* You have learned from painful past experience that if you don't immediately get out of bed and write something down, you'll forget it, no matter how brilliant it seems at the time. For this reason, every room in the house, including the laundry room and the guest bathroom have pens and scratch paper readily available.

*  You have at least one pet named after a literary character. And it never ceases to amaze you how no one understands the reference.

Sure Signs of an Aspiring Writer

* You talk about wanting to write a book. Someday. When the kids are grown. When you've finished school. When you're retired. When you win the lottery.

Talk = Expire. Respire. Aspire.  Write = Perspire. The two are mutually exclusive.

*  You don't bother to learn about the publishing industry. You figure that when you finally write your magnum opus, the world will beat a path to your door.

Ignorance is the opiate of the unpublished.

* You badmouth current bestsellers, the state of publishing, and popular writers.

If you can't say something nice, produce something better.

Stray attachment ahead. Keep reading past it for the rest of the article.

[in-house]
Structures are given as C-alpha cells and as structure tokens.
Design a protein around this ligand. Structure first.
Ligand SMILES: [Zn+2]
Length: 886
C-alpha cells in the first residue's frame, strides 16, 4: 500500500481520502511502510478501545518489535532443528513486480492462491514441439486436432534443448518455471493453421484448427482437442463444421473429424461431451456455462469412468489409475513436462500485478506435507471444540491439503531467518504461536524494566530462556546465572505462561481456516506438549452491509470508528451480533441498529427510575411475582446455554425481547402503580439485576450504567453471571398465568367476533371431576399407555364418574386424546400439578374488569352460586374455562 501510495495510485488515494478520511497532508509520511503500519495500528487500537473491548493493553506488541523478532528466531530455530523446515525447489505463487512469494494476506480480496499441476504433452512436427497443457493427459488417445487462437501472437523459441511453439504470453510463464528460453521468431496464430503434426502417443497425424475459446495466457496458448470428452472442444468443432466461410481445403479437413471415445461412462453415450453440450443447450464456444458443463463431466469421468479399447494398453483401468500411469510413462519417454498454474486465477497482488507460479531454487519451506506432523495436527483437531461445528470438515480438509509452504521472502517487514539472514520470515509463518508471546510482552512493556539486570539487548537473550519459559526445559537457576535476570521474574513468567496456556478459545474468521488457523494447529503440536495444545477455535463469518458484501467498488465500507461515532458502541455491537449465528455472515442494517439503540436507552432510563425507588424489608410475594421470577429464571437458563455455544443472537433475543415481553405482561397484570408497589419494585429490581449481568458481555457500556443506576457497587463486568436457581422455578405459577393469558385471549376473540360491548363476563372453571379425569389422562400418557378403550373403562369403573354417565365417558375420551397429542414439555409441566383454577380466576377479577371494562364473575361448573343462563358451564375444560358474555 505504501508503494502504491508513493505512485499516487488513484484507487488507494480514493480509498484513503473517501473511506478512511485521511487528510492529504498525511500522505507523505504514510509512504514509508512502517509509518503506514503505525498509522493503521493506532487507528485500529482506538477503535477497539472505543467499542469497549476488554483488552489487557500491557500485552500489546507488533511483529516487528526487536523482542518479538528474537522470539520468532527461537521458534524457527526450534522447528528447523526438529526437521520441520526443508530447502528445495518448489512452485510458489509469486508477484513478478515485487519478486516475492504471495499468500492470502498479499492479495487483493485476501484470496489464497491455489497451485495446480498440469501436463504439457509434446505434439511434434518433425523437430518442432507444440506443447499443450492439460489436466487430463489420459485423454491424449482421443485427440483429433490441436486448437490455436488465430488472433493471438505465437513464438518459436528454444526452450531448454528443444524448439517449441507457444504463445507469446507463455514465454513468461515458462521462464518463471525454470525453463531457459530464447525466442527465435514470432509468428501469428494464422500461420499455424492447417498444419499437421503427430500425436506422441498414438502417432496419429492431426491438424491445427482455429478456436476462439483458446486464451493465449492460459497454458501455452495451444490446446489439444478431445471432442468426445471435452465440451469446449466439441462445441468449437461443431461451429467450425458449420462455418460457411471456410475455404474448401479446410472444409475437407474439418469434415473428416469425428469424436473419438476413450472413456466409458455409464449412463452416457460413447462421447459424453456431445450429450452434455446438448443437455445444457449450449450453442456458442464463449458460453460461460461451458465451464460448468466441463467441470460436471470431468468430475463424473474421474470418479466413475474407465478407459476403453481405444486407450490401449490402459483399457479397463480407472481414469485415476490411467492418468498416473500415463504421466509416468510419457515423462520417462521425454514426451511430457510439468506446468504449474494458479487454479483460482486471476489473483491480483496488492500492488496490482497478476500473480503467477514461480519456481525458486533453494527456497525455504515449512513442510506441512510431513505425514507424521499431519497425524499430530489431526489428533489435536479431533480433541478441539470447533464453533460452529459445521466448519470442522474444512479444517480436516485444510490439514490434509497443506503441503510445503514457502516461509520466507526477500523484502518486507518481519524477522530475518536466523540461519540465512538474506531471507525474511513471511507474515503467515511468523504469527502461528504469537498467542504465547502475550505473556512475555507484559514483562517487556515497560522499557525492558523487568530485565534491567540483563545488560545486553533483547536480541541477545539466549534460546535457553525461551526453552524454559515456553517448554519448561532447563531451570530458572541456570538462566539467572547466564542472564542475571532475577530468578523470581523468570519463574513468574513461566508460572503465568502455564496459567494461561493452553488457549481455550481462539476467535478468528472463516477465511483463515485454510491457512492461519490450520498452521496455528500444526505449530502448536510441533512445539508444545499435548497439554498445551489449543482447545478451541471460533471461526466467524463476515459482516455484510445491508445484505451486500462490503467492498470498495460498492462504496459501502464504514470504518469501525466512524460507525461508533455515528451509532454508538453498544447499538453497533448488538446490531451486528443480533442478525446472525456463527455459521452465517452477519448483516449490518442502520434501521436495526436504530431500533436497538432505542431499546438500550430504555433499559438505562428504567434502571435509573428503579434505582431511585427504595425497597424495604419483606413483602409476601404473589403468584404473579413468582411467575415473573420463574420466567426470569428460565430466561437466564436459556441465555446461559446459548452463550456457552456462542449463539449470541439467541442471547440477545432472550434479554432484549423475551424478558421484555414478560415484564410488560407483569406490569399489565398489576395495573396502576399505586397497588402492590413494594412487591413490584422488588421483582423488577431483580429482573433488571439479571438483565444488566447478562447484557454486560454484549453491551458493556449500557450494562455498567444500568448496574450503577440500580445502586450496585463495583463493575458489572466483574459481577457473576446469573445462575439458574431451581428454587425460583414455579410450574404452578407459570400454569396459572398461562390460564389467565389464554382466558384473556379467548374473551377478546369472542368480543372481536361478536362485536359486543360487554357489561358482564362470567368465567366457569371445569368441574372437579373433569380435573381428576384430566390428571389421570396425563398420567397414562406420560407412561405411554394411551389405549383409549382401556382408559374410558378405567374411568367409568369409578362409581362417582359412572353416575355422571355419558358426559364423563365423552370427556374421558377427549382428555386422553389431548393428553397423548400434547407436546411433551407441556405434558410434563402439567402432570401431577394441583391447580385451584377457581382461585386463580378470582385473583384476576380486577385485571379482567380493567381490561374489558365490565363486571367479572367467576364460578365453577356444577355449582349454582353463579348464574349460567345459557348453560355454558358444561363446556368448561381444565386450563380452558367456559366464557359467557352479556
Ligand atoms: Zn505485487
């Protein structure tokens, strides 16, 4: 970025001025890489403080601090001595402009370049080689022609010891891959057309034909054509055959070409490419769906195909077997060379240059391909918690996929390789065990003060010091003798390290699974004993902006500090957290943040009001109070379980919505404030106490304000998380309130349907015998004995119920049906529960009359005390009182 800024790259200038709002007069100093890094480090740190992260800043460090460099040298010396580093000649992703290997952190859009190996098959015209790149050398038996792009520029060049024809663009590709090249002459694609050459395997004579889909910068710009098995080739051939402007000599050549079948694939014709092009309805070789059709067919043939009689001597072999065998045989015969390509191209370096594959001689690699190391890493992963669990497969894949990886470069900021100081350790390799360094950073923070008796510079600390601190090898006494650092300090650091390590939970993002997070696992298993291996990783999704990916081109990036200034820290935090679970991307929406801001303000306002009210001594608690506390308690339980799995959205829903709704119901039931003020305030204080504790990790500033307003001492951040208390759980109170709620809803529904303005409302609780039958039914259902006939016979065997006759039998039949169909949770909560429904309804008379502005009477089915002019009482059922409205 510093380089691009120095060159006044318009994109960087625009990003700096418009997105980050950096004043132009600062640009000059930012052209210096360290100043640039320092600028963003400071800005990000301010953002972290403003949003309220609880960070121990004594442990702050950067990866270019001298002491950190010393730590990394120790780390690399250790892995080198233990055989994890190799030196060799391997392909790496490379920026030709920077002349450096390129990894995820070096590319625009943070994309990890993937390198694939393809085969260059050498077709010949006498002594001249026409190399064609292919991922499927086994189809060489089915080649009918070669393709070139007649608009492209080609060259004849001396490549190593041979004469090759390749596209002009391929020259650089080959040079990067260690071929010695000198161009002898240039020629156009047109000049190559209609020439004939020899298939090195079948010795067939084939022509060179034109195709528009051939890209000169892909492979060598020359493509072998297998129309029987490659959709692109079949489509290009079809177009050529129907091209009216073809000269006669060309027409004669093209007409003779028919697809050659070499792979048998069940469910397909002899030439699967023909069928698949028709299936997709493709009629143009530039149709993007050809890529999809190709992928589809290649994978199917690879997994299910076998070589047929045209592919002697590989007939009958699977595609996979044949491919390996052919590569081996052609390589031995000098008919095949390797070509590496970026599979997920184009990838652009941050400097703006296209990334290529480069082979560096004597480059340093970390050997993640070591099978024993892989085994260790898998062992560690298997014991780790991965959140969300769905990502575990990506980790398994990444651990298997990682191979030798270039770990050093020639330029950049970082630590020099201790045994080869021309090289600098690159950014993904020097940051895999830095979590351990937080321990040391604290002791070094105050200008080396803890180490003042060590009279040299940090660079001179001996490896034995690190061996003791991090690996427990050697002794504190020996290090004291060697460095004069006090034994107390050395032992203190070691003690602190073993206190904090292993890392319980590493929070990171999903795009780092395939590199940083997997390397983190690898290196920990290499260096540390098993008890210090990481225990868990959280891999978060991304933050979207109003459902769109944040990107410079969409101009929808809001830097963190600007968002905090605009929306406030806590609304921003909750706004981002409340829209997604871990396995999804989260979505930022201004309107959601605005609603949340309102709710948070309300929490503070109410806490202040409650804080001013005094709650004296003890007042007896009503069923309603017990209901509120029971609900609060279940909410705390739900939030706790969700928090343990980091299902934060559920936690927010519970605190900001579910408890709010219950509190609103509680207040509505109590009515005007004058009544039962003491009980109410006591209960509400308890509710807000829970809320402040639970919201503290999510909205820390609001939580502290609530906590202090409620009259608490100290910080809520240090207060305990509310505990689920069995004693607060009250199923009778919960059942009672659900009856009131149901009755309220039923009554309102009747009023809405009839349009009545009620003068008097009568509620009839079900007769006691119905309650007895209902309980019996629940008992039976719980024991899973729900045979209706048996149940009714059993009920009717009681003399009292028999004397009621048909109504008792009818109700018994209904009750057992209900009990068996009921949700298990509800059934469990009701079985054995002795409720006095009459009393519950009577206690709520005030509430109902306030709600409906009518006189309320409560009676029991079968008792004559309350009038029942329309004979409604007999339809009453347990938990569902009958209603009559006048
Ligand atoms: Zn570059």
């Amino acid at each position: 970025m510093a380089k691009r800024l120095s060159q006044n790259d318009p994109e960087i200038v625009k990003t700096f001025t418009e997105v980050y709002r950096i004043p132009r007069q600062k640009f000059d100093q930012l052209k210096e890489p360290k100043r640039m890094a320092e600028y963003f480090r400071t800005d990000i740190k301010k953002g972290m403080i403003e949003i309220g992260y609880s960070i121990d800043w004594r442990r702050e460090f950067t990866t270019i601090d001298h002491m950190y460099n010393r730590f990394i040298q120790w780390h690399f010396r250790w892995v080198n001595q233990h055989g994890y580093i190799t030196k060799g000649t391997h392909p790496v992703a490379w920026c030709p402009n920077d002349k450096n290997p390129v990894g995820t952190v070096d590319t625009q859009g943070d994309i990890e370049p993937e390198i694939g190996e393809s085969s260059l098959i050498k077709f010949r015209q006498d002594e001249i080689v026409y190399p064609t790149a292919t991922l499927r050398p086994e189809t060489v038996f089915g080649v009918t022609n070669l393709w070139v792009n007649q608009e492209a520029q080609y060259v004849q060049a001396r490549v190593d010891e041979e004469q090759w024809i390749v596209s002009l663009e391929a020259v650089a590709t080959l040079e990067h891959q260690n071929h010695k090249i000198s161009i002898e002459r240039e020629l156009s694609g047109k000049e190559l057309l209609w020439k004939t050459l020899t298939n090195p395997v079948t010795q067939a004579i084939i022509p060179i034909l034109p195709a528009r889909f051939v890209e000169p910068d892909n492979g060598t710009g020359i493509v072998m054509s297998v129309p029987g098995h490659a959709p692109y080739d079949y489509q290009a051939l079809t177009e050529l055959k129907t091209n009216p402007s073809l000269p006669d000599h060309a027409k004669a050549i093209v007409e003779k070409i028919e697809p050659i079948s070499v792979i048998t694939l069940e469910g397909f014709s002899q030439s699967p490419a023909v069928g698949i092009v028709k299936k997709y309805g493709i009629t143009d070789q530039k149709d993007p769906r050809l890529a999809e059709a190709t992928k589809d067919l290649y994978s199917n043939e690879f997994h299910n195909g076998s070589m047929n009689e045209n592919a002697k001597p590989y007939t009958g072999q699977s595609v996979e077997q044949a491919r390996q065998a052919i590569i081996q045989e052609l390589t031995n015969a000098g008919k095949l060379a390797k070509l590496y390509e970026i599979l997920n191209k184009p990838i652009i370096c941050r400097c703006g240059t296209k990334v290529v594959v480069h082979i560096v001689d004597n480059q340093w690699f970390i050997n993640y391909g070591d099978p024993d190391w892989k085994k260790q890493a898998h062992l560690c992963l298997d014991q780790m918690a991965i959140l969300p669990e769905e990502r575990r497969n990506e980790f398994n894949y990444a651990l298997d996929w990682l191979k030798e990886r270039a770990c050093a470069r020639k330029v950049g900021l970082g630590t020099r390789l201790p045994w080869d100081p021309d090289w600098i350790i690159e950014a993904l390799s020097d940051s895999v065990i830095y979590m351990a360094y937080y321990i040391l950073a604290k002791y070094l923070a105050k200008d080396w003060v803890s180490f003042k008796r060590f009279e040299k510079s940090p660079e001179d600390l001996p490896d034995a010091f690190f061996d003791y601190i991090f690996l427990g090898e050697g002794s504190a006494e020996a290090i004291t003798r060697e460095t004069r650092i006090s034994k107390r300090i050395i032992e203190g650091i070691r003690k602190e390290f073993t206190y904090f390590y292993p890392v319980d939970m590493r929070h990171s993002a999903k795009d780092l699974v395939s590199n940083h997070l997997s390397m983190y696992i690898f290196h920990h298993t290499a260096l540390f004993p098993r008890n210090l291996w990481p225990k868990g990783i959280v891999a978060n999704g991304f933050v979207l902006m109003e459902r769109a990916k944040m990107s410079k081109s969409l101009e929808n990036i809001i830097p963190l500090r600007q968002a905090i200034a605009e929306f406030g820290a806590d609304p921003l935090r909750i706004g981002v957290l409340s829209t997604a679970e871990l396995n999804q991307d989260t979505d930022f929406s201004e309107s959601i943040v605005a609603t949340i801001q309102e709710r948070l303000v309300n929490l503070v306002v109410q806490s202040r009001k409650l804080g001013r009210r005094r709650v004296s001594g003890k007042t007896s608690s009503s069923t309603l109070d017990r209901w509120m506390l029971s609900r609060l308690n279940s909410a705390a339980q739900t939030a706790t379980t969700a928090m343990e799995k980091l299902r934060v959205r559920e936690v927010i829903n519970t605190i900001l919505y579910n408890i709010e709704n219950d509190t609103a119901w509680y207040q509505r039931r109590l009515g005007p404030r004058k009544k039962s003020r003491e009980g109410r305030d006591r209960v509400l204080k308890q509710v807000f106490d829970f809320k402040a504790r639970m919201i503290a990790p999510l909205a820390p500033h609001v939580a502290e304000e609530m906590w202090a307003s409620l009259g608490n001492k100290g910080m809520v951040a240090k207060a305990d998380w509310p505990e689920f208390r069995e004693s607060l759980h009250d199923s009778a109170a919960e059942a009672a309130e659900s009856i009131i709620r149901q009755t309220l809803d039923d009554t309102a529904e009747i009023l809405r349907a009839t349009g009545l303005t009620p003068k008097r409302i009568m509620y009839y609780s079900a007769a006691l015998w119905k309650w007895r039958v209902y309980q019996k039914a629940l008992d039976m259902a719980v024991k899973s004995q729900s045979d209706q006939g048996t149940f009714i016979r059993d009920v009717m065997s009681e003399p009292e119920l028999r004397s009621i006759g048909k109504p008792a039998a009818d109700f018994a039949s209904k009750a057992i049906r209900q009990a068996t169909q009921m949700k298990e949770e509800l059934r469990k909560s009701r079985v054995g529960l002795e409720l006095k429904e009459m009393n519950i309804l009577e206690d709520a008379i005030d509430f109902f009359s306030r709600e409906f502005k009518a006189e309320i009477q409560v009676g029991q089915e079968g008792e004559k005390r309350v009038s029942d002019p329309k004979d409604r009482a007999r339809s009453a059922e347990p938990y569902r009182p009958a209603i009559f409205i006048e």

You don't read. You don't have the time. You aren't interested in what's being published. All the publishers throw out there is crap anyway.

You refuse to go to class or do the assignment, but are prepared to groan and moan about never getting a diploma.

*****

So you see, in my opinion, there is NOTHING attractive about being an "aspiring" writer. To paraphrase Yoda: Do. Or do not. But if you choose to do not, stop yapping about wanting to do.

Here's to all you writers out there. May you delete "aspiring" from your bios, 'cause you've already made it.

9 comments:

Johanna Harness said...

Yes! Well-said, Ami! :)

Ella Schwartz said...

This is brilliant! I guess I'm not an aspiring writer after all! One of the best pep talks I've read. Thank you.

RJS said...

While the sentiment and the distinction are appreciated, I'm going to leave the word there for now. Doctors and lawyers get a piece of paper before they can call themselves either one, after all - I want one, too. Namely, a check. :)

sharilopatin said...

Oh my God, thank you for this! I completely laughed out loud when I read your "sure signs you're a writer," as I nodded and smiled at EVERY SINGLE ONE (minus the final point about the pet name). Namely, I think it's in the attitude. If you think of yourself as an "aspiring writer," then you're more likely to procrastinate. Whereas, if you get into the mentality of "I AM a writer," you're more likely to DO. I now know I am the writer, as I hold down a full-time job, still publish in magazines on the side, and write creatively at home. Thanks for the smile.